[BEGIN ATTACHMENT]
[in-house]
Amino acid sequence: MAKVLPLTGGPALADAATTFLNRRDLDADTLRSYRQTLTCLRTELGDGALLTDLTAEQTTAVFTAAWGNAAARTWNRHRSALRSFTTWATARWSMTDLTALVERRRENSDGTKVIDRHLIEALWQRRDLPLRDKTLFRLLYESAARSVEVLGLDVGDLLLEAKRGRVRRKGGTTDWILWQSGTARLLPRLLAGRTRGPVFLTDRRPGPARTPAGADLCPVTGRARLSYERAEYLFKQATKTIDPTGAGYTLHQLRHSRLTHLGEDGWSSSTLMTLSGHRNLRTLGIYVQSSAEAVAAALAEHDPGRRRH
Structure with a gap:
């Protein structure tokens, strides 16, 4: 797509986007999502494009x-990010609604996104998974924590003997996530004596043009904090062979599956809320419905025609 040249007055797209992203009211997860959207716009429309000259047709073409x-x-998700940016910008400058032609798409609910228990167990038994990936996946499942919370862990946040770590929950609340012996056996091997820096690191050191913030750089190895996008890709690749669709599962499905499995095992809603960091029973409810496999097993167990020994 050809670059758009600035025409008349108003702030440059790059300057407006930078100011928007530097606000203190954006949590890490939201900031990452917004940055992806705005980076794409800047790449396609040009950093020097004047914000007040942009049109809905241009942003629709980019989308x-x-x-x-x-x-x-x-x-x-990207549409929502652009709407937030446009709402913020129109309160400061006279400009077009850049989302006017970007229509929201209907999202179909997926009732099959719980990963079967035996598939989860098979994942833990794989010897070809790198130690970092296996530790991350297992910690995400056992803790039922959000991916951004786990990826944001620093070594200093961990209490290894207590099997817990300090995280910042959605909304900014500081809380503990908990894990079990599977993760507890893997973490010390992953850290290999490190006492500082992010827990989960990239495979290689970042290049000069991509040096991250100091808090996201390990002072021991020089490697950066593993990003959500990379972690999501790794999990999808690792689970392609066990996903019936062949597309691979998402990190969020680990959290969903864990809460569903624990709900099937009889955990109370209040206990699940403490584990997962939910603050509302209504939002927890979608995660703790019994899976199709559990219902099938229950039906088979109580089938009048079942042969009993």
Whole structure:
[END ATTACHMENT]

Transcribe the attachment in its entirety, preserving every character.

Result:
[in-house]
Amino acid sequence: MAKVLPLTGGPALADAATTFLNRRDLDADTLRSYRQTLTCLRTELGDGALLTDLTAEQTTAVFTAAWGNAAARTWNRHRSALRSFTTWATARWSMTDLTALVERRRENSDGTKVIDRHLIEALWQRRDLPLRDKTLFRLLYESAARSVEVLGLDVGDLLLEAKRGRVRRKGGTTDWILWQSGTARLLPRLLAGRTRGPVFLTDRRPGPARTPAGADLCPVTGRARLSYERAEYLFKQATKTIDPTGAGYTLHQLRHSRLTHLGEDGWSSSTLMTLSGHRNLRTLGIYVQSSAEAVAAALAEHDPGRRRH
Structure with a gap:
């Protein structure tokens, strides 16, 4: 797509986007999502494009x-990010609604996104998974924590003997996530004596043009904090062979599956809320419905025609 040249007055797209992203009211997860959207716009429309000259047709073409x-x-998700940016910008400058032609798409609910228990167990038994990936996946499942919370862990946040770590929950609340012996056996091997820096690191050191913030750089190895996008890709690749669709599962499905499995095992809603960091029973409810496999097993167990020994 050809670059758009600035025409008349108003702030440059790059300057407006930078100011928007530097606000203190954006949590890490939201900031990452917004940055992806705005980076794409800047790449396609040009950093020097004047914000007040942009049109809905241009942003629709980019989308x-x-x-x-x-x-x-x-x-x-990207549409929502652009709407937030446009709402913020129109309160400061006279400009077009850049989302006017970007229509929201209907999202179909997926009732099959719980990963079967035996598939989860098979994942833990794989010897070809790198130690970092296996530790991350297992910690995400056992803790039922959000991916951004786990990826944001620093070594200093961990209490290894207590099997817990300090995280910042959605909304900014500081809380503990908990894990079990599977993760507890893997973490010390992953850290290999490190006492500082992010827990989960990239495979290689970042290049000069991509040096991250100091808090996201390990002072021991020089490697950066593993990003959500990379972690999501790794999990999808690792689970392609066990996903019936062949597309691979998402990190969020680990959290969903864990809460569903624990709900099937009889955990109370209040206990699940403490584990997962939910603050509302209504939002927890979608995660703790019994899976199709559990219902099938229950039906088979109580089938009048079942042969009993």
Whole structure: